The day after leaving Seccondee and fourteen days after leaving Liverpool our ship drops anchor in the Accra roads. Accra as viewed from the sea makes us think of the east coast of England round Yarmouth way; there in the distance is the same type of low sandy beach with white-capped billows and the spray of breakers fringing the foreshore, and a town on much the same level in the background. On closer acquaintance with Accra, those of you who happen to know Yarmouth will discover that the two towns have nothing in common except this similarity of site, but I think you will agree with me that the experience of landing at Accra on a calm day is very like a pleasure trip in a row-boat at Yarmouth on a day when the sea there is rough enough to make most pleasure-seekers decide to remain on land, but not unpleasantly rough for people who are very good sailors.
Fortunately the sea is very calm to-day. Are you ready to go ashore ?. Here come the surf-boats, and from what I know of our host he will be in one of the first of them that arrives alongside, one of the first of friends from the shore to welcome friends aboard.
The popular Captain is on the look-out to see us off; he adds to his many kindnesses to us by acting as our light porter. The equally good-natured purser, who has volunteered to superintend the"transhipment of our heavier baggage, presently rejoins us armed with his camera. The Mammie Chair, draped with the Union Jack, awaits us; it reminds us of a swinging boat made for four, such as we have seen at village fairs. In we step, the first batch of us . . . the next moment we are hoisted into mid-air to the tune of a donkey engine at work, and dumped overboard ... at the end of a rope we hang dangling in space . . . now we are dropping down, down, the little boats below look a long way out of the line of our fall, and the steamer grows to a mountainous height. A second later we recognise the voice of the Chief Officer shouting commands from somewhere up above, hear a babble of strange tongues below, catch a glimpse of black hands reaching up to us; then, with a bit of a bump, the Mammie Chair comes to rest on the floorboards of a surf-boat. We edge our way out and, as we take our place in comfortable wicker chairs that have been placed in the boat for us, up goes the Mammie Chair to fetch another load of human cargo.
Ten strapping nigger boys, sitting five aside on the gunwale, bend to their paddles. . . . The helmsman, standing with a grip on a steering-oar, starts a tune. . . . Off we go, cutting through the swell to the weird chant of a part song. We cannot understand the words, for they are in the Cape Coast lingo of the boat-boys, but we are told by our host that, in accordance with a common custom, the crew are probably indulging in an improvised criticism of us as newcomers, speculating on the extent to which, judging from our appearance, we are good for a "dash." The next ditty, rendered in English to the swish of the paddles and the drum of their handles beaten on the gunwale, confirms the suggestion; it runs thus:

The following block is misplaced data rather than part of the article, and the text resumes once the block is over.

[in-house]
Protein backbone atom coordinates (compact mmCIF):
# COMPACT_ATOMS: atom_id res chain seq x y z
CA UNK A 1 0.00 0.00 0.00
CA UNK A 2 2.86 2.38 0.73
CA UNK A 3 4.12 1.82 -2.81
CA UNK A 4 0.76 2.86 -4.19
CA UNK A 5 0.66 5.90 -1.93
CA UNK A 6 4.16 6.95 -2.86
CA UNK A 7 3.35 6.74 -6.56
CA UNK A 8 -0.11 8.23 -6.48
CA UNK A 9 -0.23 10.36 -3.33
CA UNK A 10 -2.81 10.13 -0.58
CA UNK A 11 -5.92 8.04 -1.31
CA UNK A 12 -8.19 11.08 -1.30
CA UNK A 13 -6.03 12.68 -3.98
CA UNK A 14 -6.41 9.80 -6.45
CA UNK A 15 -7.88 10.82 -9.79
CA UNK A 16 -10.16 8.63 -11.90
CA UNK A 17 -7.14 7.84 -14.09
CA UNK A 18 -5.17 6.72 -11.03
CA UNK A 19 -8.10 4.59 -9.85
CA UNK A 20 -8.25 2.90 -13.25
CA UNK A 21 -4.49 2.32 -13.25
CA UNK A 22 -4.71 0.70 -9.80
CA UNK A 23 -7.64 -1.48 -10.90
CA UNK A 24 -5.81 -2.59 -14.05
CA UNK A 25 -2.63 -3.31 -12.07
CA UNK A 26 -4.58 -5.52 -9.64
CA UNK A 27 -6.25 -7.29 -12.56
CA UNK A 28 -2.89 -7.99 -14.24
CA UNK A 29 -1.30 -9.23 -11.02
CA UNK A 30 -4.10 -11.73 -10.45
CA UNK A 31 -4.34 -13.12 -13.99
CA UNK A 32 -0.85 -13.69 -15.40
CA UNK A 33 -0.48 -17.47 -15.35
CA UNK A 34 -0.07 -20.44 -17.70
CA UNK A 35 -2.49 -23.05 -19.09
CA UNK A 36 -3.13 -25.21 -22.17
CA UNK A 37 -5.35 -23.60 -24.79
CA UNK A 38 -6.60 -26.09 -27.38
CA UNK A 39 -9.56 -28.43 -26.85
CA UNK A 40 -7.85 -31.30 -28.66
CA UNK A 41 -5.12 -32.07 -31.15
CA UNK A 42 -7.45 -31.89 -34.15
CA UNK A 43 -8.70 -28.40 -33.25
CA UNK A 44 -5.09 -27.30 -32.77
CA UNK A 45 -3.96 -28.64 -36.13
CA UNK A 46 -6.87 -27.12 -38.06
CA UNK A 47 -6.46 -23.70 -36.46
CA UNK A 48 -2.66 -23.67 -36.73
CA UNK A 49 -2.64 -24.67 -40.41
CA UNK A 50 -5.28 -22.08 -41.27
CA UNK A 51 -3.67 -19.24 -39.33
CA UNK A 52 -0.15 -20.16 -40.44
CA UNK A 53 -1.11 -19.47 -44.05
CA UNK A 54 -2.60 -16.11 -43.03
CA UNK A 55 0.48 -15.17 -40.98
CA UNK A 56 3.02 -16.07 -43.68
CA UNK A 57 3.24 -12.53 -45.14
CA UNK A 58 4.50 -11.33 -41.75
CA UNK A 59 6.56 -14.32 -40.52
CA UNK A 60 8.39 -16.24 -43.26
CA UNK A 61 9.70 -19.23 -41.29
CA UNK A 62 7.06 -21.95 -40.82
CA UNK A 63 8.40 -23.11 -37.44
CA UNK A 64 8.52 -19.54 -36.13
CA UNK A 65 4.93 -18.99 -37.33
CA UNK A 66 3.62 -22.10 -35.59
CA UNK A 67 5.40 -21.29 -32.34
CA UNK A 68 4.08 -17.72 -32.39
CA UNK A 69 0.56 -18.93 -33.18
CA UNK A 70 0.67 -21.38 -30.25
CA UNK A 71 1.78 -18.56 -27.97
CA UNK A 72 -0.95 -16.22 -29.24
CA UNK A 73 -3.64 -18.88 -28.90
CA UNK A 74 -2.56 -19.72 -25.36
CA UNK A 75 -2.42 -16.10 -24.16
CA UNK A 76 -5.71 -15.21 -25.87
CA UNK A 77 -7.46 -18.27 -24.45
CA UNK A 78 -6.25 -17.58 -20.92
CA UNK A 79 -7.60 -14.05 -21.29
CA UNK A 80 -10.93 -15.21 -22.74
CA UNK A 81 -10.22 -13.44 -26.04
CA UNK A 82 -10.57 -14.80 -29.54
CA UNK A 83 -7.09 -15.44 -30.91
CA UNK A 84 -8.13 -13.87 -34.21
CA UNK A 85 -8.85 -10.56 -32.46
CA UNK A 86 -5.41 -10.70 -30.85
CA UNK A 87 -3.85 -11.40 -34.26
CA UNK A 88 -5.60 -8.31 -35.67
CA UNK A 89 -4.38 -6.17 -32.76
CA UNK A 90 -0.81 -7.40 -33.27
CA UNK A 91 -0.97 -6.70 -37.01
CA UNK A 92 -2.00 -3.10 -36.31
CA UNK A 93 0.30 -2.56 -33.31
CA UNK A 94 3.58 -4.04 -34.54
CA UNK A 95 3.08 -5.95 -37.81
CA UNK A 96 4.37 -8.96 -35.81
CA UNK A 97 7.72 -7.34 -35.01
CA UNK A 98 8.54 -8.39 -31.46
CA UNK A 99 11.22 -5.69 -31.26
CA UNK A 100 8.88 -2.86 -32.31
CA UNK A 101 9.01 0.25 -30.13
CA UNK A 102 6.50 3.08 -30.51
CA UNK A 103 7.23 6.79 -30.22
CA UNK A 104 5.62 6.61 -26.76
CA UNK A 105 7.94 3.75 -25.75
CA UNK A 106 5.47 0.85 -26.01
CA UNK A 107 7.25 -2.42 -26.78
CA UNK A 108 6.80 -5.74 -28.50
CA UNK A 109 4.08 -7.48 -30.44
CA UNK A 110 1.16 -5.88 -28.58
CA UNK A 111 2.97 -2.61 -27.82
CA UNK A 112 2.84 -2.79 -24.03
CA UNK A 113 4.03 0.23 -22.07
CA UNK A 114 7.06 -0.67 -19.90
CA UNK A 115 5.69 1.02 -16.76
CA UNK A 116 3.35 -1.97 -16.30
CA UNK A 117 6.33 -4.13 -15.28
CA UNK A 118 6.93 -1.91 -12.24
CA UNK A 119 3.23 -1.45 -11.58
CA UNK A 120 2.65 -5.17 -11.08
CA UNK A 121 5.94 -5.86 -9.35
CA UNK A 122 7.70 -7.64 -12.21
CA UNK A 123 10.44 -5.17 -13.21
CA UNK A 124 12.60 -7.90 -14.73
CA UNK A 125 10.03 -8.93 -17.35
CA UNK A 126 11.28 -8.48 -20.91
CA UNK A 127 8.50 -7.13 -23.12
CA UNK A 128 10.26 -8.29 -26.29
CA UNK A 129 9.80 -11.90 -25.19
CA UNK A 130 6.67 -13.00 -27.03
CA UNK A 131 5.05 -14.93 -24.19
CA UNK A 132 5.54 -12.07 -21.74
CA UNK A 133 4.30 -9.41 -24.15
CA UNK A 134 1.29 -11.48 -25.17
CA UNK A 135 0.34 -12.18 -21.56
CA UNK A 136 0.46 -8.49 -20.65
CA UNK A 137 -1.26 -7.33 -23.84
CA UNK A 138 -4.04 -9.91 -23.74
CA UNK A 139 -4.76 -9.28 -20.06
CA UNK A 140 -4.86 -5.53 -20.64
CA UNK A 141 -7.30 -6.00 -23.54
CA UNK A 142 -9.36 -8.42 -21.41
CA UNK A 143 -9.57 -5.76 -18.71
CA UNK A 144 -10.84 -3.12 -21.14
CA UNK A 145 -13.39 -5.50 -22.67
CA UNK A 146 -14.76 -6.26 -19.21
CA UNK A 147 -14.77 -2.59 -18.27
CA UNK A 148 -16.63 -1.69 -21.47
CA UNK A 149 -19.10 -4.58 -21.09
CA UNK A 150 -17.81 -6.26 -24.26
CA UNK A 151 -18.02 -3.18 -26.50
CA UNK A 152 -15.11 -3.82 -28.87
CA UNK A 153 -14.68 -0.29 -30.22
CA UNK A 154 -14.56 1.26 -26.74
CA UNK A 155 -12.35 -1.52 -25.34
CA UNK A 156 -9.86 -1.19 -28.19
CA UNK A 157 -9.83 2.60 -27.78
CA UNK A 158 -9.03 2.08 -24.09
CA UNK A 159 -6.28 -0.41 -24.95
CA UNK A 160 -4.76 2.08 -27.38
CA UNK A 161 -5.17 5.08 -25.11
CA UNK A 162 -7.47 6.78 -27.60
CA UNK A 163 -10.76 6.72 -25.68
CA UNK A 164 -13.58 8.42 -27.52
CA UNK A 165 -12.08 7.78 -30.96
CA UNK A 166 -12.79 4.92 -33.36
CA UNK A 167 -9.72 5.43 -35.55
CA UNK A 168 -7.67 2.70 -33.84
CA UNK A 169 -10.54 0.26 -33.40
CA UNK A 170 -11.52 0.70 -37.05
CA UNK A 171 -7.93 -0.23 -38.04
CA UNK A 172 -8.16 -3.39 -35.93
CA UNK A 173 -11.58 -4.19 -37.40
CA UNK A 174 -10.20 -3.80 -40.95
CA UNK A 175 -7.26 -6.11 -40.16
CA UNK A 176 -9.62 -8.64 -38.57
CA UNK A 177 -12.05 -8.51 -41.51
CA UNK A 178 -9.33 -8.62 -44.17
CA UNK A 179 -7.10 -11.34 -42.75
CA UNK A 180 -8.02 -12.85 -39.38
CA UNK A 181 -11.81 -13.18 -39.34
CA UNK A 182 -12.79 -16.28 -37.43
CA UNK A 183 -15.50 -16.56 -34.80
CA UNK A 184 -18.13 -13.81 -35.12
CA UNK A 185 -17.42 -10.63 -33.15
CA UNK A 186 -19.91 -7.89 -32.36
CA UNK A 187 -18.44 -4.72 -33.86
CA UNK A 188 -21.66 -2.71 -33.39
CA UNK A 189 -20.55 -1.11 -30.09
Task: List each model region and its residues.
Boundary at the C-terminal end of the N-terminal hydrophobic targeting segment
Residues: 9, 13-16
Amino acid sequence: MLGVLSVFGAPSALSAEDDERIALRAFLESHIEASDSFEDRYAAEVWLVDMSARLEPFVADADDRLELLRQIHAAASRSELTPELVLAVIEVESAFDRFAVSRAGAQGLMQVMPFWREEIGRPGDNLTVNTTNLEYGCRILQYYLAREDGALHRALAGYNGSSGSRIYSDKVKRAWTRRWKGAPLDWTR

" Paper money (Swish, swish). Paper money (Bat, rat). No good (Swish, swish). No buy chop."
"Chop" is West Coast palaver for food; so common has the word become in this sense that our countrymen out here use it even when they are talking amongst themselves; thus, you will never hear them call a dining-room by any other name than a chop-room. The boat-boys reference to paper money is a hint to us that silver is the proper currency of the Coast, and that they so strongly object to the introduction of a paper currency that amongst themselves a silver coin is worth about twice as much as its equivalent in a note.
As the surf-boat plunges into the race of white horses the boys cease singing - they now need all their breath for keeping the little boat on the move so that she does not get swamped. The helmsman dexterously prevents the boat getting broadside on to the waves, and on either side of us we see backs bent double as in a rapid succession of strokes the paddles cleave the breakers; we are getting quite sufficient of a shower-bath from the spray to feel that we were well-advised to put on our macintoshes for this "joy-ride" to the shore. We are still a good distance from the land when the boat begins to grate on the bottom of the sea; the helmsman, keenly watching his opportunities, turns her where another wave, another, and yet another can be made to help the crew get her several yards nearer in. Suddenly, above the roar of the breakers, there rises a shrill word of command, and in the same second every boy of the crew is in the water, hauling the boat beachwards. Even when she is beached there is still water all around her. We are wondering whether we are expected to take off our shoes and stockings and wade, when our host tells us that all white people are carried ashore. Ladies are "chaired" to dry land; each sits tight in the armchair in which she has made the passage, whilst it is hoisted up and overboard by some of the darkie crew, and passed on to others who seize it by the legs, carry it aloft, and eventually lower it gently on to a spot well beyond the water's reach, for all the world as if they were paying homage to a heroine. The men make this last little stage of the journey in a comically different way; the darkies pick them up in their arms as if they were babies, or tuck them under one arm like naughty schoolboys.
Our host has a car waiting for us on the beach, and after he has seen about getting our luggage through the Customs he whisks us off to take up our residence in his bungalow, or, as he puts it, to have chop, make ourselves at home, and ask for anything we want.